• Managing submission deadlines 

Immigration case managers specialize in immigration rules, procedures, and documents. The work they do helps lawyers and consultants focus more on strategy and serve clients better. 

Cassandra Fultz is the managing partner of Doherty Fultz Immigration as well as a Herzing instructor. She points out the fundamental difference between consultants and case managers and how the two work together: 

An immigration consultant focuses on determining a client’s eligibility to immigrate to Canada, developing an immigration strategy, and interpreting the law to instruct clients. 

An immigration case manager is responsible for moving the file forward so that the application can be submitted, and the client can achieve their goal. They provide assistance with documents, deadlines, and client communications. 


2. Licensing & Liability 

Immigration Consultant: In Canada, immigration consultants must earn a licence to legally offer their services to clients. 

Getting licensed starts with completing a training program that is approved by the CICC. Then, candidates must complete a challenging licensing exam. They must also become members of the CICCpay membership dues, and adhere to a code of conduct and ethics.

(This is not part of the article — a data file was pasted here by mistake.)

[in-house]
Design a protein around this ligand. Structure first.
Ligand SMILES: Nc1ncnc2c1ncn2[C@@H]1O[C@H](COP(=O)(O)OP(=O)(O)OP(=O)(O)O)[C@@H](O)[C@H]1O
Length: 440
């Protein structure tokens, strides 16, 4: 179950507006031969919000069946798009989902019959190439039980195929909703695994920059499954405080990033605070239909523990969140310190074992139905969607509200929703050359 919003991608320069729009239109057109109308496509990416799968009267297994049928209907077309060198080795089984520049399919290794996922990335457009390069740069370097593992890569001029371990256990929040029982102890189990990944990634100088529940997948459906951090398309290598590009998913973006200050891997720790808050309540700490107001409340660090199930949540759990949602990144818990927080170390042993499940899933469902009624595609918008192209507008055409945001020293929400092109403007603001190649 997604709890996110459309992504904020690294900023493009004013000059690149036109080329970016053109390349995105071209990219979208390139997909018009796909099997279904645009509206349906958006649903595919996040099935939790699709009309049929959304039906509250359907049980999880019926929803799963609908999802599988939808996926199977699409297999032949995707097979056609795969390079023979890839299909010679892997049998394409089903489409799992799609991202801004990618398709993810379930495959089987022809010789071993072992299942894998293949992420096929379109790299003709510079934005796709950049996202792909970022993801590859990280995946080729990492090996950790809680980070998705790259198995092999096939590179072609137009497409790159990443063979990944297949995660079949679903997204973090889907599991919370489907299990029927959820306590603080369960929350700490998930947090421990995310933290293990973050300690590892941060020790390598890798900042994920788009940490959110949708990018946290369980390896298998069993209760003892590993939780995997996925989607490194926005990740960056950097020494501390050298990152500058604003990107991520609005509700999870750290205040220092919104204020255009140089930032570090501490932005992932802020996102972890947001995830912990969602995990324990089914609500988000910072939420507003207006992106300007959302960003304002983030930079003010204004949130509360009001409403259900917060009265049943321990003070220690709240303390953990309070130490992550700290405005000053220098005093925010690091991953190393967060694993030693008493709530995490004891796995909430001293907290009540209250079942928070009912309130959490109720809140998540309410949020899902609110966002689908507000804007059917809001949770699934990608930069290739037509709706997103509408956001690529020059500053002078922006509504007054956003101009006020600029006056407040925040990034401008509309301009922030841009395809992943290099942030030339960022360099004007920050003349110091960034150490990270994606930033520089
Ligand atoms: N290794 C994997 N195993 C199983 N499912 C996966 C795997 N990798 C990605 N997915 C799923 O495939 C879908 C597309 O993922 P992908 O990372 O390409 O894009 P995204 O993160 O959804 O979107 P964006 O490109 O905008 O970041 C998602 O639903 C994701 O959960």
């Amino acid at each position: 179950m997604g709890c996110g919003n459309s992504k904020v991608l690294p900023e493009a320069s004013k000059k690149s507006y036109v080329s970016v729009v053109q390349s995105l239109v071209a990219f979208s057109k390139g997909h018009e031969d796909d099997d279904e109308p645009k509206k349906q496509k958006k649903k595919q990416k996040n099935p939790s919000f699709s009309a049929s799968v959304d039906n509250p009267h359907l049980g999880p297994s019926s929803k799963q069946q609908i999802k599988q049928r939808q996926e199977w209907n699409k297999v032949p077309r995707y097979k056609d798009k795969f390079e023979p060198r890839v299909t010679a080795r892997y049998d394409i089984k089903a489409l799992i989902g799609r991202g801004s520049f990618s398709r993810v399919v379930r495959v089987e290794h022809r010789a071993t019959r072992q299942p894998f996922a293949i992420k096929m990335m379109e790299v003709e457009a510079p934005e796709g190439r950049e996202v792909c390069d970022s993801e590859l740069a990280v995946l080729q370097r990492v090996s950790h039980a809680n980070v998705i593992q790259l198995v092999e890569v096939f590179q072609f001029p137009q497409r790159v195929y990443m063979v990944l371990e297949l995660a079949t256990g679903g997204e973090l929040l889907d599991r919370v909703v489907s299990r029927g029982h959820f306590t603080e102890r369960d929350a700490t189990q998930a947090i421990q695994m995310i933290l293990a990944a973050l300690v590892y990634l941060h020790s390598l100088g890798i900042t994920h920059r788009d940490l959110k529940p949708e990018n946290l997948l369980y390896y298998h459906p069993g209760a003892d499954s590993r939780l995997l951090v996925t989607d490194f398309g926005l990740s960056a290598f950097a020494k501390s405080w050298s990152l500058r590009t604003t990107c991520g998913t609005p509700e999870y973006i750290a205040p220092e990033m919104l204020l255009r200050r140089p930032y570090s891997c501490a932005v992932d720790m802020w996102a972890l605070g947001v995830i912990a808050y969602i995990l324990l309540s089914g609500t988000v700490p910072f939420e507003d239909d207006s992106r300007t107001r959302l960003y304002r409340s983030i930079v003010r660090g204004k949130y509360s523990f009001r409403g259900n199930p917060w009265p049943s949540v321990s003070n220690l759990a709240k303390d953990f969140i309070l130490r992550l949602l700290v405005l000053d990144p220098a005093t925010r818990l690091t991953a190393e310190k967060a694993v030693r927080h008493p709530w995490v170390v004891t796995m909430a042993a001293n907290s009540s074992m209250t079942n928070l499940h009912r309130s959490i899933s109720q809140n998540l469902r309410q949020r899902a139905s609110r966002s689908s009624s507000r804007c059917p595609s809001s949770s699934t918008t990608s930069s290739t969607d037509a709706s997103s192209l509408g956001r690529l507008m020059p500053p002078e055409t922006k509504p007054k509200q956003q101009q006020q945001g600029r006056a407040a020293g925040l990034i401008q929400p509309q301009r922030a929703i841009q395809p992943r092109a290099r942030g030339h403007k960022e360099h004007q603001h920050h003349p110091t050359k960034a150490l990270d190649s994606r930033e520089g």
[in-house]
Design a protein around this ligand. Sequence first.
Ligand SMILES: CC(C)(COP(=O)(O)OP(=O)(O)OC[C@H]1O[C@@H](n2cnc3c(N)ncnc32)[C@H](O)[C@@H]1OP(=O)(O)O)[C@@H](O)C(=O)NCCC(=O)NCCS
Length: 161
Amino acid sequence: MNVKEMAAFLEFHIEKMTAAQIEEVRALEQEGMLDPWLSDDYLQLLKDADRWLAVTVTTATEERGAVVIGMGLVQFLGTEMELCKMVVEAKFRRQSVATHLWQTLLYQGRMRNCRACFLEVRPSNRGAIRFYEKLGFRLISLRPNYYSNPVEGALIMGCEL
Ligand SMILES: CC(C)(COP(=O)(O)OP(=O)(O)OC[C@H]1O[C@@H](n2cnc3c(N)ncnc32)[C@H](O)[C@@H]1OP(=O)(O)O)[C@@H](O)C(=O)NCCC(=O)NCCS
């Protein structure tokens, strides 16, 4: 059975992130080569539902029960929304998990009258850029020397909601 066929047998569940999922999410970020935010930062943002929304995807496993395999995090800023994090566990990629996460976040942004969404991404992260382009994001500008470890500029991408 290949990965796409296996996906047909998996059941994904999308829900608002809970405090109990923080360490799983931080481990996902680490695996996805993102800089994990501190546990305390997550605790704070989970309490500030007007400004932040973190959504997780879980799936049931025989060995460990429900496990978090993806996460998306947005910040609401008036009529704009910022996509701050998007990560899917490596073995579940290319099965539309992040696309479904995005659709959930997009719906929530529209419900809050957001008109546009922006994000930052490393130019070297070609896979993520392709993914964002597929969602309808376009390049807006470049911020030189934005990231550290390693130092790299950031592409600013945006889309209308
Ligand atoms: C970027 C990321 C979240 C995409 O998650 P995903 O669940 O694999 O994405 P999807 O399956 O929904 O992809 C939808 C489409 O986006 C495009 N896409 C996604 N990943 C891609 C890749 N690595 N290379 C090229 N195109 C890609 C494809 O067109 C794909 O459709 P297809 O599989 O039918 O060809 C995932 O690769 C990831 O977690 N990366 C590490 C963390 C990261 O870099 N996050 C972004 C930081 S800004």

The only exceptions are members in good standing of a law society in Canada or the Chambre des notaires du Québec. 

As licensed professionals, immigration consultants are legally liable for the services they deliver. If they break rules set out by the Law Society or the CICC, they will face disciplinary action. 

Immigration Case Manager: Immigration case managers are not regulated in Canada. You do not need a licence to become an immigration case manager.


3. Career Options 

Immigration Consultant: Most immigration consultants choose to join or start a private practice. They set up shop as immigration experts, often focussing on a particular area of the industry.  

For example, some consultants specialize in study permits, sponsorship refusals, denied entry, or detentions. Others are generalists who handle everything from work permits and family sponsorships to applications for citizenship and permanent residency. 

Immigration Case Manager: Most immigration case managers work in the offices of immigration consultants and lawyers. They are employed by immigration law firms and consulting businesses across the country.